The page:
The Champion 250 built under Hermann Holbein’s direction featured a rear-mounted Triumph (Germany) single-cylinder engine of 250 cc producing a claimed 6 PS or a two-cylinder engine providing a stated 10 PS of output. Weights given for the car vary between 220 kg and 250 kg. It was just 285 cm (724 in) long and 136 cm (345 in) wide. The single-cylinder version was said to be capable of 60 km/h (37 mph) and the two-cylinder version of 70 km/h (44 mph).

The specification of the car was basic. The steel dish wheels were of a thinness commonly associated with basic motorcycles and needed therefore to be pumped to a relatively high pressure. The hardness of the tires and the minimalist approach taken to shock absorption made the cars strikingly uncomfortable. Except for users of cabriolet versions with the roof open, above average agility was vital for anyone wishing to get in or out of a Champion. Driver fitness was also encouraged by the need to start the engine with a starting handle, there being no electric starter-motor.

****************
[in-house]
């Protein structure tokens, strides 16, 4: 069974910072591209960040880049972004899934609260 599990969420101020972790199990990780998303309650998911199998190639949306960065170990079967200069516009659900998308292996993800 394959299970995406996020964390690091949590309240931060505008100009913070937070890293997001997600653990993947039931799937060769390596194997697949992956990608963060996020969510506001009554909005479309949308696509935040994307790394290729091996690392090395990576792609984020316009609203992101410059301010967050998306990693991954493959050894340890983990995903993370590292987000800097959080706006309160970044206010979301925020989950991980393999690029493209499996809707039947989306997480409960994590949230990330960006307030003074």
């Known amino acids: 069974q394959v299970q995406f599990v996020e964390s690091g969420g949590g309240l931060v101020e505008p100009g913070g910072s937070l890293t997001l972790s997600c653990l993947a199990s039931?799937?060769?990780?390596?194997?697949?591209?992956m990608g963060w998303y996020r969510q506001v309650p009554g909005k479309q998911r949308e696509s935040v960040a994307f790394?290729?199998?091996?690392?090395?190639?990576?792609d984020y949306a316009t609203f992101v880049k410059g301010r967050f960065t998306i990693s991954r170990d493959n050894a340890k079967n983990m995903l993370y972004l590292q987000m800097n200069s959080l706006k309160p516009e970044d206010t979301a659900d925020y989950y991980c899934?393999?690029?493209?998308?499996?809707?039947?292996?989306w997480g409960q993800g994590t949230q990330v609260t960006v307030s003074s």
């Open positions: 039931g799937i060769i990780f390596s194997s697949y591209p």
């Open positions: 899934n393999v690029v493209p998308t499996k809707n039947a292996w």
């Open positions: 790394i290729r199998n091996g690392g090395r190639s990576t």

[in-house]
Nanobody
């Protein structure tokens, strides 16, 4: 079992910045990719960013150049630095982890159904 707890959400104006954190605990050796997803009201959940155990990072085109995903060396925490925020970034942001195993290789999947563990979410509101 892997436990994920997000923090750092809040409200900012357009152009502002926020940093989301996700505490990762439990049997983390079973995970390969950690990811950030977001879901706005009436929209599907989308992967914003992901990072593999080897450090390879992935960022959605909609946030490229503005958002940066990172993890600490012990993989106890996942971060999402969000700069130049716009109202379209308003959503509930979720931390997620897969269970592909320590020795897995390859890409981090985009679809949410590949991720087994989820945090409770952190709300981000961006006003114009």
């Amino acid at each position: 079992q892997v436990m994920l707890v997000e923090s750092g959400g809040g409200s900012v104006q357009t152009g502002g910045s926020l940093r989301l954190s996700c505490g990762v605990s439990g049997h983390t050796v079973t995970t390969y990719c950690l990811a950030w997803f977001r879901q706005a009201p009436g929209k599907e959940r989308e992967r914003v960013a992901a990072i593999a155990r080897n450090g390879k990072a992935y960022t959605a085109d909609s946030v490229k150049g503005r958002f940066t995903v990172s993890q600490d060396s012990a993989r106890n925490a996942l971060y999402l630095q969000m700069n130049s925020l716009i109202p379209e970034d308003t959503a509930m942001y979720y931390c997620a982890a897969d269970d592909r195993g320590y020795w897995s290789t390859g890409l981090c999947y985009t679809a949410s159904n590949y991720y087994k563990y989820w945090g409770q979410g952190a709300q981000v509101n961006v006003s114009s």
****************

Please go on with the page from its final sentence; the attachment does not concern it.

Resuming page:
The selling price was initially, DM 2,400 rising to DM 2,650 for the twin-cylinder version: this compares with DM 5,300 then being asked for a Volkswagen Beetle. 225 or just under 400 of the cars were produced. Sources differ.